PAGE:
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Getting to Campus: A Guide for Off-Campus Students

Getting to Campus: A Guide for Off-Campus Students


Are you thinking about living off campus next year, but aren’t sure how to get to class? Don’t worry, because Heels Housing has all the information and tips to help get you to and from campus.

UNC Transportation Services

The UNC Transportation & Parking Department offers a variety of transportation options to help you get around and off campus.

The Commuter Alternative Program (CAP) is a free service offered by UNC specifically for students and employees. It involves a number of transportation options for commuters, and members can pre-select their preferred methods of transportation for each school year or semester. CAP is also a useful resource for learning how to use transportation options on campus including buses, carpool services and bikes.

Drive a Car

Of course, one way to get to campus is by driving your own car. If you are able to bring a car to school and have parking where you live, that’s great. With a car, you have the option to either park on campus or use the UNC Park & Ride service.

For on-campus parking, there are 10 lots available with annual permits. Pricing varies depending on the lot. For the remainder of the 2018-2019 school year, lots are free to park without a permit weekdays after 5 p.m. and on weekends. However, starting August 15, weeknight permits for these times will be required to park. Permits are also available for students with motorcycles, scooters or mopeds.

If you prefer not to park on campus, the Park & Ride service gives you the option to park at one of nine off-campus lots and take a Chapel Hill Transit bus to campus. Permits for this service are provided through CAP for an annual fee, and students can manage and pay for permits through the ParkMobile app.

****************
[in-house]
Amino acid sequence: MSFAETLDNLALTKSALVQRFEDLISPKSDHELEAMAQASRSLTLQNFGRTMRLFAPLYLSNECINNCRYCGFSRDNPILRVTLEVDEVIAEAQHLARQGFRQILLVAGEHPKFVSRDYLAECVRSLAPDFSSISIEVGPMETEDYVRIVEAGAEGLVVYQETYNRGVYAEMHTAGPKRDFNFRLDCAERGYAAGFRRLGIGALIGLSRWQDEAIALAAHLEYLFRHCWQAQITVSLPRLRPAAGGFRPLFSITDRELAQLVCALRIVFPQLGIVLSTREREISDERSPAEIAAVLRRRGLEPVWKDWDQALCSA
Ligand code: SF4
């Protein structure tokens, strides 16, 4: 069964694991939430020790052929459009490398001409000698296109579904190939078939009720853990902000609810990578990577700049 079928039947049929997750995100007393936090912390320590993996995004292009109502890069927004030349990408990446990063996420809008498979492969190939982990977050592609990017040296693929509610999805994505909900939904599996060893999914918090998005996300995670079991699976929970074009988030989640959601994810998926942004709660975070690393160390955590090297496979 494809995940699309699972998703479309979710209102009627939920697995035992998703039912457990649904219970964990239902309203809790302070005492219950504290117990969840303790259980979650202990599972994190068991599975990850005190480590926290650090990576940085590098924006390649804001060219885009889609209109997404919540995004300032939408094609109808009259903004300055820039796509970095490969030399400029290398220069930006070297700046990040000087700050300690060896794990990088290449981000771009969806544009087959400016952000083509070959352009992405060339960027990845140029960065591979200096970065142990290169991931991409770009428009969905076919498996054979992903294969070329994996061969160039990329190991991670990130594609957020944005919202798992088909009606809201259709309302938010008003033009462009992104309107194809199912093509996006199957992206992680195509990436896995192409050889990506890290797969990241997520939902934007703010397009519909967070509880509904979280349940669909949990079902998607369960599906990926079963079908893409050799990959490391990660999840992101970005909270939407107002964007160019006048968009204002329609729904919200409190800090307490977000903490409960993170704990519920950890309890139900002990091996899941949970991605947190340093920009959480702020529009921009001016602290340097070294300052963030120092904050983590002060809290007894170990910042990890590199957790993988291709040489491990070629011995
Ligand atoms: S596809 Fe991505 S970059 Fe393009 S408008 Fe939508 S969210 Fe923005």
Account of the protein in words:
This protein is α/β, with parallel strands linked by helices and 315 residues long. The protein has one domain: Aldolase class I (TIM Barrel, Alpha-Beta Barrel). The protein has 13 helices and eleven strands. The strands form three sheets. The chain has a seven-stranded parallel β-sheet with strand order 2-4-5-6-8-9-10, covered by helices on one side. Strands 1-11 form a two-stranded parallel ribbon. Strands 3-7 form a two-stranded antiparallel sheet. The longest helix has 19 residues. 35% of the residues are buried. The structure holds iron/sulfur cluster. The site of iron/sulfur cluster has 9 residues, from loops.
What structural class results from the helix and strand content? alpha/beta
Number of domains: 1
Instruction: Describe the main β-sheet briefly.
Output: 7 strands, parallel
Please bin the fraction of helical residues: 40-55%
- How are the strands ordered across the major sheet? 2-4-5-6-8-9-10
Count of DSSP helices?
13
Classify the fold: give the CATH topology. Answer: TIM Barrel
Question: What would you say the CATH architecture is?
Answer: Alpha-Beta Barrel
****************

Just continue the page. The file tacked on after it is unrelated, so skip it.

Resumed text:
Liezel Alipio uses Park & Ride to commute from her off-campus home near Durham.

“What I like about the Park & Ride is that it’s one of the cheaper options for parking near campus and the buses to the lots run late,” Alipio said. “The lots I use are usually well lit at night which makes me feel safer about coming back after daylight.”

She said her commute to the lot is short, and the length of the bus ride depends on the time of day.

“The fastest commute I take is from the 725 MLK Blvd. lot to campus. The bus ride only takes five to 10 minutes,” she said.

Alipio recommends that students living off-campus use the Park & Ride service if they have a car but don’t want to use on-campus parking.  

“The best advice I could give is to map out where you are in regards to the available Park & Ride lots to make sure you’re parking at a lot that can take you to campus at ease,” Alipio said. “Before classes start, make the time to travel to the lots you plan on using and always have a bus app handy on you, just in case.”

If you don’t have your own car, you can still catch a ride with someone who does. If you can’t carpool with friends, UNC offers a Rideshare program with ShareTheRideNC that gives students access to carpooling and vanpooling with other students for an annual fee. UNC also offers student Zipcar services for temporary use at an hourly rate.  

Catch the Bus

The bus system can be a little daunting at first, but once you find a route that works for you, it’s super convenient and easy to use.

Junior Reina Kinnaly usually takes the bus to get from MLK Blvd. to campus. She said there are multiple buses that can get her to campus in 10 minutes or less, but she typically takes whichever brings her to a stop closest to her classes.

“I chose this method because it’s free and convenient,” Kinnaly said. “There’s a bus that can take you just about everywhere.”

Kinnaly said she recommends using the bus, but students moving off campus should consider how accessible the bus system will be for them.

“I would definitely recommend that when considering to move off campus, keep in mind what bus routes are near your potential home,” Kinnaly said. “There are a lot of routes, but there isn’t one for each place of living and if there is one, it may very well be a mile up the road.”